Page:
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Re: Shear Flow

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"For a beam made of two or more materials with different moduli of
elasticity, show that  Equation T=VQ/It remains valid provided that both Q
and I are computed using the transformed section of the beam and provided
that t is the actual width of the beam at the point where T is computed."

>From Beer and Johnton's Mechanics of Materials, Second Edition, McGraw-Hill,
Inc. 1992, page 305

Chris Towne, E.I.T.
Chapman Technical Group

----- Original Message -----
From: "Gobo, Gina" <ggobo(--nospam--at)>
To: "'seaint'" <seaint(--nospam--at)>
Sent: Monday, February 14, 2000 2:42 PM
Subject: Shear Flow

> I have question about composite beams:
> I have a wood glulam beam that I would like to reinforce by adding a steel
> channel to both sides. I am trying to find the shear flow at the channel
> wd beam contact area so that I may figure our how many bolts I need to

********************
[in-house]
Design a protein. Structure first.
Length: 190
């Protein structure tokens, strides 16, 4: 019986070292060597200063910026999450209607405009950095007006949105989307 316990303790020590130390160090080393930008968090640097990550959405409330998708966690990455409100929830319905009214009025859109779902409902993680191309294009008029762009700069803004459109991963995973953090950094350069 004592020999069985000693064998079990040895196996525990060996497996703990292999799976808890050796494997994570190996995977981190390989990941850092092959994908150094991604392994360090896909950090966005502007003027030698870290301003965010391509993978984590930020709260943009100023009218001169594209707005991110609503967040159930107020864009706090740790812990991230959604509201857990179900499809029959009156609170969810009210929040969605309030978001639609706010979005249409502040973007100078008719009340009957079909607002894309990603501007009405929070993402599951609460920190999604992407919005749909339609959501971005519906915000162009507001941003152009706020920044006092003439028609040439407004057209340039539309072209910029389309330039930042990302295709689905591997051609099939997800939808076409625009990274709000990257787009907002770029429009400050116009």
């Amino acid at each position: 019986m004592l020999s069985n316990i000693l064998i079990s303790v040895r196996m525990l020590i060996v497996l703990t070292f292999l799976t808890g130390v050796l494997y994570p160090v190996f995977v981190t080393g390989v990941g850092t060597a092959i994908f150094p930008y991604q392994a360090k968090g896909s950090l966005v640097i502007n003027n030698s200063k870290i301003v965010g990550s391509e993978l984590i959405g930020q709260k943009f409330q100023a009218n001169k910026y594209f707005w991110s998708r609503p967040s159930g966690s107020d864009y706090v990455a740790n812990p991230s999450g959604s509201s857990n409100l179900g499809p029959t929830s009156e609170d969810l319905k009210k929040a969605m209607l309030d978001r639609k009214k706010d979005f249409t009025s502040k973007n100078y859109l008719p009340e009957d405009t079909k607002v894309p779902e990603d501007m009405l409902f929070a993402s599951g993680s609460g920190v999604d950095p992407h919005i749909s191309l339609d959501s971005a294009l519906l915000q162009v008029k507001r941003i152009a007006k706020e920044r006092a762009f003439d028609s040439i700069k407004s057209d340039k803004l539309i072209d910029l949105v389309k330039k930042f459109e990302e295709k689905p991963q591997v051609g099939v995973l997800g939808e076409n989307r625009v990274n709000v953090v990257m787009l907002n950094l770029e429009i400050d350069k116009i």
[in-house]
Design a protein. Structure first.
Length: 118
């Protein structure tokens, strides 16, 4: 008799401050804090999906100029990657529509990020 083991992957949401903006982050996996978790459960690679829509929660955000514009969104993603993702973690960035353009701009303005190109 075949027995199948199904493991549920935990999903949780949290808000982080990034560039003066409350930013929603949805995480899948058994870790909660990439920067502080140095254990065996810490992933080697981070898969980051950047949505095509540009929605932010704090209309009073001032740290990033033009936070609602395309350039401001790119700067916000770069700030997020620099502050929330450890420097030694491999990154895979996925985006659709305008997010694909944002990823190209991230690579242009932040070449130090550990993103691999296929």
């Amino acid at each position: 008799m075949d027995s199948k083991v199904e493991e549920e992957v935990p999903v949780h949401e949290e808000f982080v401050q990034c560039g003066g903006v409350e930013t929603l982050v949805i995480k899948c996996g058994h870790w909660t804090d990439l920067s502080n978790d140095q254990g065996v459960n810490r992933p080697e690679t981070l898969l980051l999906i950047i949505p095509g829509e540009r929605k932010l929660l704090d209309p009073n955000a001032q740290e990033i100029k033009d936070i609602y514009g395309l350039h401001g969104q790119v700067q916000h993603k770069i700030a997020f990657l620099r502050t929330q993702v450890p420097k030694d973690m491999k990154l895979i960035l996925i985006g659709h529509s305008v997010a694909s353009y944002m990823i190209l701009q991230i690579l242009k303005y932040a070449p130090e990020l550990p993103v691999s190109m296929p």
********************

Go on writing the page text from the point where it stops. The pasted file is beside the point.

> faster the composite beam together. I am using the formula f = QV/I, where
> is the maximum shear load on the beam, I is the moment of inertia for the
> composite section, and Q the first moment of inertia of the glulam beam
> is in contact with the channel = yA where, y is the distance from the
> centroid of the block of wd in contact with the channels to the neutral
> and A is the area of the same block of wd. If I am using a channel that is
> C12X20.7 and a 6.75X31.5 glulam, Q = ((12/2)-dist to neutral axis of
> section)*6.75*12=248in3. I = 17964.83 in4 and V = 48kips. f = 8kip/ft
> seems very high.
> The shear flow that I get seems very high. Do I have to use the
> section in order to get the shear flow? (i.e. transform the wd beam into
> equivalent steel member in order to get the correct shear flow). Or, is
> using I of the composite section based on the geometry of the cross
> ok?
> Gina T. Gobo, E.I.T.
> Structural Engineering
> DLR Group
> Seattle
> Ph. 206.461.6000
> Fax 206.461.6049
> ggobo(--nospam--at)